July 13 (UPI) — Four CEOs of private-sector immigrant detention companies defended their response to the COVID-19 coronavirus pandemic in front of a congressional subcommittee Monday.
Since the pandemic began, more than 3,000 detainees, 280 contractors and 45 ICE employees have tested positive for COVID-19. Two detainees and five contractors have died of complications after contracting COVID-19, a statement from Chairwoman Kathleen Rice, of the Border Security, Facilitation and Operations Subcommittee.
Rice said transfers between facilities and inadequate medical care are two factors spreading COVID-19 among detained populations.
Members of the House Homeland Security Committee requested testimony from heads of CoreCivic, Geo Group, Management and Training Corp and LaSalle Corrections after the DHS Inspector General issued a June report saying that facilities lacked the space to practice social distancing and lacked space to isolate detainees with symptoms or a coronavirus diagnosis.
More than 80 percent of the 34,000 immigrants in ICE custody are housed at privately run detention facilities. Contractors are paid $130 per day to house detainees.
Rice said ICE officials refused to attend the virtual hearing saying that the White House advised the agency not to testify in Congress unless the hearings were held in person.
CEOs said they worked with ICE to maintain best practices and that employees and detainees were tested regularly for symptoms and were then tested for COVID-19. Employees and detainees had access to masks, and were tested regularly, they said.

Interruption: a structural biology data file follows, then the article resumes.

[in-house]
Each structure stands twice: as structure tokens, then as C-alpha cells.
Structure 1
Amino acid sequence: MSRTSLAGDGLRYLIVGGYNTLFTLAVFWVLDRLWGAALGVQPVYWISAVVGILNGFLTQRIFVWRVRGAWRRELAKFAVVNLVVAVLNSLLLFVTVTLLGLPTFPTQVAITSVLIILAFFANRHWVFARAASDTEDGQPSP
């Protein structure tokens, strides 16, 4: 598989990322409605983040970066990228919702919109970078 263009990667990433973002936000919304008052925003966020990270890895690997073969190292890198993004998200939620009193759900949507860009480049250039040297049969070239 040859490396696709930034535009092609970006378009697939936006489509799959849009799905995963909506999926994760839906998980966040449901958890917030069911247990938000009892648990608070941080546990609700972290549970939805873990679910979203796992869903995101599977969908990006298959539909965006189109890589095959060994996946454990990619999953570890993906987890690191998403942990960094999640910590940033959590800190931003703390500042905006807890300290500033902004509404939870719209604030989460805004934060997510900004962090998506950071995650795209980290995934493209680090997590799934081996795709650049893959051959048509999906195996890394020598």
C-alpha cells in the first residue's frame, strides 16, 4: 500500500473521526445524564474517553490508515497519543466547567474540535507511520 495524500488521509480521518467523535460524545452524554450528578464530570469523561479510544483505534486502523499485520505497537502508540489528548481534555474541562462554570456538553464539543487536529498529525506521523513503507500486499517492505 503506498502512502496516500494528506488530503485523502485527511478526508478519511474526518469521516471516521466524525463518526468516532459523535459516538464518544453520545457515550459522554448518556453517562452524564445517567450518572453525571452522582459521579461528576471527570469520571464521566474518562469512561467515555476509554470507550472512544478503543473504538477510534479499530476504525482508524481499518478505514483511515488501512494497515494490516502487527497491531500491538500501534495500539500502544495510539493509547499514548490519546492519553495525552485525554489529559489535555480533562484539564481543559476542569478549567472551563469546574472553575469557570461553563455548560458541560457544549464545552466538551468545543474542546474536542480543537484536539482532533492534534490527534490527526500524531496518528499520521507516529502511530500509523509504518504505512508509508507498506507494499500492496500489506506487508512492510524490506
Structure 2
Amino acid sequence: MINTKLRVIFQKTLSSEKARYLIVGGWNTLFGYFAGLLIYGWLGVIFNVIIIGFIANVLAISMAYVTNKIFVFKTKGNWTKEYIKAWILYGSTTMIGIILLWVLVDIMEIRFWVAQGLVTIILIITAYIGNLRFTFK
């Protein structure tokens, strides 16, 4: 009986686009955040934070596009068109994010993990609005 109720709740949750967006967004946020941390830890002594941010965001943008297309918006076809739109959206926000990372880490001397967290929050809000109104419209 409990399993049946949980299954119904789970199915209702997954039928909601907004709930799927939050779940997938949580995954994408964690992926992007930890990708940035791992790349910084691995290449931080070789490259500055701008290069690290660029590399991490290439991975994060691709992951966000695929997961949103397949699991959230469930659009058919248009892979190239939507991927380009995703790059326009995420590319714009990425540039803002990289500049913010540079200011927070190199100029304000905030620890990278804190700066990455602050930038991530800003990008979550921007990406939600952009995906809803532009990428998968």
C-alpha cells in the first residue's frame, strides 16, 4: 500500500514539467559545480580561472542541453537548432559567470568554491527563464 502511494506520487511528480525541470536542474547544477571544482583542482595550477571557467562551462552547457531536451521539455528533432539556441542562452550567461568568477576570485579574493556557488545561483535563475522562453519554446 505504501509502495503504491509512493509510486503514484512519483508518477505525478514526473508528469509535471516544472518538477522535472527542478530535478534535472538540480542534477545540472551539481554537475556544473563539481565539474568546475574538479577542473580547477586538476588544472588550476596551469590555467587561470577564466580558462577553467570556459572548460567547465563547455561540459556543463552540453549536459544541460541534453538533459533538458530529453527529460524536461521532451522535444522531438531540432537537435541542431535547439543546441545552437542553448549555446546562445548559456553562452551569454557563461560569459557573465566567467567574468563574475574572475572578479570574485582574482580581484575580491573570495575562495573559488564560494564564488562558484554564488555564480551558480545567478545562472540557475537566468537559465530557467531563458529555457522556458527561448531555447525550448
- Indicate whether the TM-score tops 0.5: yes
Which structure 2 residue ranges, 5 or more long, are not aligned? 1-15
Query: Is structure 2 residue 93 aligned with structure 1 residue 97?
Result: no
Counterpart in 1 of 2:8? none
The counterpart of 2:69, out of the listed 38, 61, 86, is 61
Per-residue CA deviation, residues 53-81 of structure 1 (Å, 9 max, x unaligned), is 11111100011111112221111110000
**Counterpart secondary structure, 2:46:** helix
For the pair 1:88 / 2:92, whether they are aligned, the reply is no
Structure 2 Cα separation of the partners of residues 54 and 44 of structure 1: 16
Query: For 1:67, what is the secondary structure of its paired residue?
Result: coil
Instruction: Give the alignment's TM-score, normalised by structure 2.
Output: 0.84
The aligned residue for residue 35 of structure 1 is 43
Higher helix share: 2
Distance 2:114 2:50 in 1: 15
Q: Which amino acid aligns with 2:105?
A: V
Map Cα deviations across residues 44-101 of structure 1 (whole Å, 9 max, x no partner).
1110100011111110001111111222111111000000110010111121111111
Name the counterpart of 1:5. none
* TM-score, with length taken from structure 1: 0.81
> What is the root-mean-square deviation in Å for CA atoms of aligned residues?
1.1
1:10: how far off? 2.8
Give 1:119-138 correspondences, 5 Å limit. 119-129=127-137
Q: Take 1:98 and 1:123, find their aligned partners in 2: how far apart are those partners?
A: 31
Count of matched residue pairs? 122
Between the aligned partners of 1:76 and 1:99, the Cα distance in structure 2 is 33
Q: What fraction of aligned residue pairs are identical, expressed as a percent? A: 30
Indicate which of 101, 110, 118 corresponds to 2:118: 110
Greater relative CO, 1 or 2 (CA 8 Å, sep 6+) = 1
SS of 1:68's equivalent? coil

Whistleblowers from the Government Accountability Project and about 30 detainees who spoke to The New York Times have said that social distancing in ICE facilities is difficult, as 50-75 detainees are kept in each “pod” and that PPE for detainees is difficult to acquire.
Nearly half of the employees at a CoreCivic facility in Eloy, Ariz., recently tested positive for the virus, where CEO Damon Hininger, CEO of CoreCivic said that masks were “optional” for detainees.
Other committee members had questions about their specific local detention centers.
“My office has heard reports of dozens and even hundreds of detainees being moved in and out of the Colorado facility with little or no notice to their families of their lawyers,” said Joe Neguse, D-Colo.
Neguse asked about a disinfectant called HALT that was allegedly being used by Geo Group contractors in “crowded and confined spaces” in the Aurora, Colo., facility, saying that detainees were complaining of bloody noses and skin rashes.
George Zoley, CEO of Geo Group also denied to Neguse that detainees were asked to “volunteer” to clean common areas under threat of solitary confinement if they refused. The ACLU filed a $5 million class-action lawsuit in 2014 alleging that Geo Group had forced detainees to work as “slave labor” in the kitchens and laundry rooms for $1 per day.
ICE has worked within Centers for Disease Control and Prevention recommendations and reduced the density of detainees to 70 percent in its facilities, said Rep. Clay Higgins, R-La., the panel’s ranking member.
The federal agency also released 900 detainees across the country who “posed a low risk to public safety,” Higgins said.
Higgins complained that ICE contractors were doing their best to work with guidelines set by the CDC and Congress.
“We create ever moving goalposts for hardworking federal employees and contractors who are simply doing their jobs abiding by the laws as prescribed by Congress,” Higgins said.